in the light of the sun

moments of me and my life by the sea



leaf studies

Episode 3 of the 2010 Harvest continues!

And it contains some of my all time favourite greenery – gum leaves, soft spongey moss and sillouettes at dusk.

I wish I had a backyard like this…


tea break and breaking news

Let’s take a quick break from the 2010 Harvest episodes for a moment shall we? I have some news.
First – a cup of tea and a biscuit.

tea break

mmm anzac biscuits

You’d be correct in guessing that those are still harvest shots. But how hilarious/retro/kitsch is that crocheted owl tea cosy?! My nana made it and EVERYONE hated it and yet it still survived the decades and continues to grace us with its presence at tea time. I’m also glad that Anzacs biscuits have survived the decades since the first batch popped out of the oven. These ones were particularly delicious, THANKS MUM!, and my brother and I ate more than our fair share when we thought no one was looking.

Now for my news. I’m not sure whether it’s good or bad but…my nannying days are numbered. My sister in law has got a spot for my nephew in a daycare centre now, and even though he is 3 months younger than what they’d decided was a better age to cope with daycare, they are worried they won’t be able to get him a spot when the right time comes.

So I won’t be needing my bottomless carpet bag or flying umbrella for much longer. I will however, be needing a new job. bugger! Which is fine and perfectly reasonable for a women of my age and skills. bugger bum poo! I am sure I will find my dream job advertised on Seek, with a ginormous salary to boot, and they’ll probably hire me even before my interview – as this is my new resume/career plan, a la David Shrigley.

cloud studies

Episode 2 of my harvest shots.

We had some glorious weather over the week – but also some serious rain. 30 mms over night on the Saturday evening. But you can never complain about rain in the country, even if it’s spoiling your productivity plans. Olives have to be pressed within 2/3 days after picking otherwise they start to ferment which wouldn’t make tasty olive oil. Thankfully we weren’t washed out of the grove for too long and after a leisurely breakfast we were back picking olives by 10am. Just in time for morning tea break!

I just get blown away by all the different colours in the sky sometimes. I’d love to know what all the clouds are called too. I’ll put learn cloud names on my To Do list, next to learn all the capital cities of Africa. (I can do Europe already, smart huh!)

And for those who are wondering what happens next, after the olives are all picked – I am working on my ‘school project – How Olive Oil is made’ blog post! Just need to check up on some technical details…wish I’d paid more attention now, don’t I?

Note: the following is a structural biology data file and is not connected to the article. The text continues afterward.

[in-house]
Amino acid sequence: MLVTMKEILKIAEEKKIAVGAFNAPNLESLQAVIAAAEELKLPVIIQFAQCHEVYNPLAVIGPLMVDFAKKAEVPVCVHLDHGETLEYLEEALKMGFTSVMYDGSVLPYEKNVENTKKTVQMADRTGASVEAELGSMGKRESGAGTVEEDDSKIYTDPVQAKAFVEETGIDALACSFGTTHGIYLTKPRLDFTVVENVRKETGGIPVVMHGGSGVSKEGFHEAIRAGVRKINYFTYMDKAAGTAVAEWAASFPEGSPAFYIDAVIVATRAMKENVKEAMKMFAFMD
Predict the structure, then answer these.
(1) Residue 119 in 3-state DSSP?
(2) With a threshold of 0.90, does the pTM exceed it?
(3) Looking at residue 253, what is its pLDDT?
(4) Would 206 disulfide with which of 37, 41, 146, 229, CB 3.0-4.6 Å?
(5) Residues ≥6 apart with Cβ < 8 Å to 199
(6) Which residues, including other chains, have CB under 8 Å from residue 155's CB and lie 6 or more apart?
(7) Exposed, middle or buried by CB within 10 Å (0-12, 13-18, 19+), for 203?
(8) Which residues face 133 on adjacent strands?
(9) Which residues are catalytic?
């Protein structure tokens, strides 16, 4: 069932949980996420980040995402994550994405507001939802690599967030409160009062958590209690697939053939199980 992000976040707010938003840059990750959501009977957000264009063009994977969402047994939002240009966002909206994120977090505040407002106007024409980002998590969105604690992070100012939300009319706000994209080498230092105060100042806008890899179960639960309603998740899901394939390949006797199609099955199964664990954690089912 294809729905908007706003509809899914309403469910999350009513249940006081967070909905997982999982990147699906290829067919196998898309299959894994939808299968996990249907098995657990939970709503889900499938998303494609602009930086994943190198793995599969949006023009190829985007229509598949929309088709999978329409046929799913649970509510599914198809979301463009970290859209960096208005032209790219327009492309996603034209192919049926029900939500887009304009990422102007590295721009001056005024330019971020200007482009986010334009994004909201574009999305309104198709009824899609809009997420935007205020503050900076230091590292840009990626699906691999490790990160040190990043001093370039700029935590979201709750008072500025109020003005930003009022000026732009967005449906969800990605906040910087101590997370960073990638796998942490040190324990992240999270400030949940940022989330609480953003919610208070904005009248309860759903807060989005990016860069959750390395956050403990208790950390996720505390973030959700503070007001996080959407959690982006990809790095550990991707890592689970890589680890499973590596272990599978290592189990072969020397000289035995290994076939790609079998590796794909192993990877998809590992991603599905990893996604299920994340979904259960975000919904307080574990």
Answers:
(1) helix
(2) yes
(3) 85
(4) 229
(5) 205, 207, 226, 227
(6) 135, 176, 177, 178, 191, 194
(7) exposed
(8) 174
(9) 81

Honey, I’m home!

 *Over 10 hours round trip of driving later…*

Home from the Farm. Sigh. I could definitely spend more time in the countryside… I’d be a weather beaten farmers wife any day. In fact I’m ridiculously brown after just one week. And sad about taking my Blundstones off. They were the first thing I’d pull on as I stumbled out of bed each day…I’m dreaming of living the good life with a sheep or two and some pigs and a dairy cow. I rather fancy myself as an Australian version of Hugh Fearnley-Whittingstall. River Cottage Down Under! I’d churn my own butter, grow our own vegies, pluck my own chickens…well, I did say I was dreaming!

But did you miss me?! You know I missed you! But I was brave, and lasted over a week without internet or mobile access. Impressive stuff, no? There was much to keep me busy/distracted at this years harvest though. There is never enough time in each lovely day spent in the countryside…

I have a million and one photos to share from the harvest, as you can imagine. So I will try and stagger them over a few posts, so as not to overload you all at once. And then back to my (ir)regular posts of crafting antics and adventures in the city!

But for now I present to you my shots from the East Ridge Olive Grove 2010 Harvest!

**Storm clouds roll in but we’re not scared…**
**A crate full of olives! Just one of many!**
**Brumiracking with the olinet, 
i.e shaking the olives off the bigger trees and catching them in a net!**

**There is always time for a quick pat.**
**Handpicked by Vicky, her motto was “No Olive Left Behind!”**

**Cuddle time. Harvesting is tiring work!**

**My excitable brother**

**Obligatory family photo…**
**Those nails, much like those olives, 
were wrenched from their branches uncerimoniously. 
Such is life.**

And if you like what you see, you’re more than welcome to join us for next years harvest! Stay tuned for more rural themed shots…

it’s harvest time!

Sayonara city – I’m out of here! I’ll be offline for 9 or so days (who’s counting?!) as I head off to my parent’s farm near Mudgee for the annual East Ridge Olive Grove Harvest Festival.

I look forward to this time of year even more than Christmas. It’s got all the elements needed for a great festive holiday – family, friends, copious amounts of good food and wine, good conversation and a break from the hustle and bustle of everyday life – with the added bonus of fresh clean country air, gentle exercise and the satisfaction gleaned from being involved in the making of the most delicious tasting, award winning olive oil you’ve ever tasted!